PRC Discusses UNRWA's Crisis and British Policy on Palestinian Refugees

PRC Discusses UNRWA's Crisis and British Policy on Palestinian Refugees

On April 18th 2018 the Palestinian Return Centre hosted a parliamentary event to discuss the recent funding cuts by the US administration and its consequences for UNRWA in the region. The event also tackled the UK’s position on Palestinian refugees and the importance of its continued support to UNRWA. The event was sponsored by Labour MP, David Drew, Shadow Minister (Environment, Food and Rural Affairs).

The first speaker Chistopher Gunness, UNRWA’s Spokesperson, Director of Advocacy and Strategic Communications outlined the vital services UNRWA provides to Palestinian refugees in the five areas in which it operates (Gaza Strip, West Bank, Jordan, Lebanon and Syria). Mr. Gunness also emphasized the potential fallouts of the US’s administration withholding of funding towards UNRWA. Mr. Gunness reminded the audience that humanitarian aid should not absolve governments from workings towards a political solution that provides Palestinian refugees their rights, especially their right to self-determination.

Mr. Gunness said that UNRWA is leading great efforts to mobilize funding from alternative sources, and launched an international campaign under the title #DignityIsPriceless in this regard. Mr. Gunness stressed that UNRWA is committed to standing with the refugees of Palestine and protecting their rights and dignity.

The second speaker was, Karma Nabulsi, Professor in Politics and International Relations, Fellow in Politics, St Edmund Hall, University of Oxford. Ms Nabulsi talked about what UNRWA means for Palestinians. Ms Nabulsi recalled that UNRWA was supposed to be a brief temporary solution and refugees expected to return to their homes in Palestine shortly after they were displaced in 1948. Ms Nabulsi pointed out that the termination of UNRWA would have catastrophic consequences for Palestinians. Ms Nabulsi concluded that UNRWA’s crisis is the result of a political project to dismantle the agency and undermine the rights of Palestinian refugees. Lastly, Ms Nabulsi emphasised the importance of understanding the current situation in Palestine-Israel as an ongoing process of settler colonialism.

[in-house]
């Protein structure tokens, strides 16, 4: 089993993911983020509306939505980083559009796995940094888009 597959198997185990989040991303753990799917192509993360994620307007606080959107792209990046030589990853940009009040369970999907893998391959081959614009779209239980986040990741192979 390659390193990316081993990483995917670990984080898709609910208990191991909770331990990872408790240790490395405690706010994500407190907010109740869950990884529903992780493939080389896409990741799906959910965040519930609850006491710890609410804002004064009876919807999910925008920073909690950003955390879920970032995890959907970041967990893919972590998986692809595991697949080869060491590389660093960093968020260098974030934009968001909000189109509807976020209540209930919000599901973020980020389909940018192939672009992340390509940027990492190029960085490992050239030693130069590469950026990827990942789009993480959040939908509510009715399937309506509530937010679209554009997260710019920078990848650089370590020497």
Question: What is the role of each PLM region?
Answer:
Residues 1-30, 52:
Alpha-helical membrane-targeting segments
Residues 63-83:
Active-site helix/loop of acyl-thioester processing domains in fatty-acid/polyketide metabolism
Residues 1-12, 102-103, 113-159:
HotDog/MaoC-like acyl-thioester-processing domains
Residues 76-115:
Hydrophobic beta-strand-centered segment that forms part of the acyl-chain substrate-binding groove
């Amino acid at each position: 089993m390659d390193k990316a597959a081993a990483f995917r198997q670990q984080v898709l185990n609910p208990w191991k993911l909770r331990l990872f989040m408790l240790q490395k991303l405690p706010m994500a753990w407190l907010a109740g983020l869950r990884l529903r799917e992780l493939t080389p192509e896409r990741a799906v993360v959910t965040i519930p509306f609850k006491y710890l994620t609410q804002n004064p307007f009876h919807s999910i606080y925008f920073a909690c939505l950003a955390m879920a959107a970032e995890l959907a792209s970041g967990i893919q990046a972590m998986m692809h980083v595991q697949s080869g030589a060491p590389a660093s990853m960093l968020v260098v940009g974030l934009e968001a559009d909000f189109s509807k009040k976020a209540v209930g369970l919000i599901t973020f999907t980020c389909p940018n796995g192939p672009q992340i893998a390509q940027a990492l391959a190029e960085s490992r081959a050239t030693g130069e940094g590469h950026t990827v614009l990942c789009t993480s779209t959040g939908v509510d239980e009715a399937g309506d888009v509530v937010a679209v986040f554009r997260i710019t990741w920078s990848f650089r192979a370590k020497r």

Anne Irfan, Historian at the London School of Economics & University of Sussex, specialising in the history of UNRWA, provided a background of British historical trends in dealing with Palestinians. Ms Irfan outlined that the origins of British responsibility for the current plight of Palestinian refugees stems from the 1917 Balfour Declaration and Britain’s occupation of Palestine. Ms Irfan stated that British policy continues to ignore the root causes of the Palestinian refugee problem.

Last speaker of the evening was Ali Hweidi, General Director ‘Elhayya 302 to Defend Refugees Rights,’ which is a Palestinian organization based in Lebanon . The NGO is concerned with refugee issues. Mr Hweidi stated that UNRWA should terminate its services only when the right of return of Palestinian refugees is implemented. Mr Hweidi regretted that funds are always available for states to wage wars but when refugees are in need of assistance they are denied support. Mr Hweidi was also disappointed with the outcome of the UNRWA donor conference in Rome, in which states did not fill the funding gap required to for the agency. Finally, Mr Hweidi thanked the British government for their support to UNRWA and encouraged support for this vital organization.



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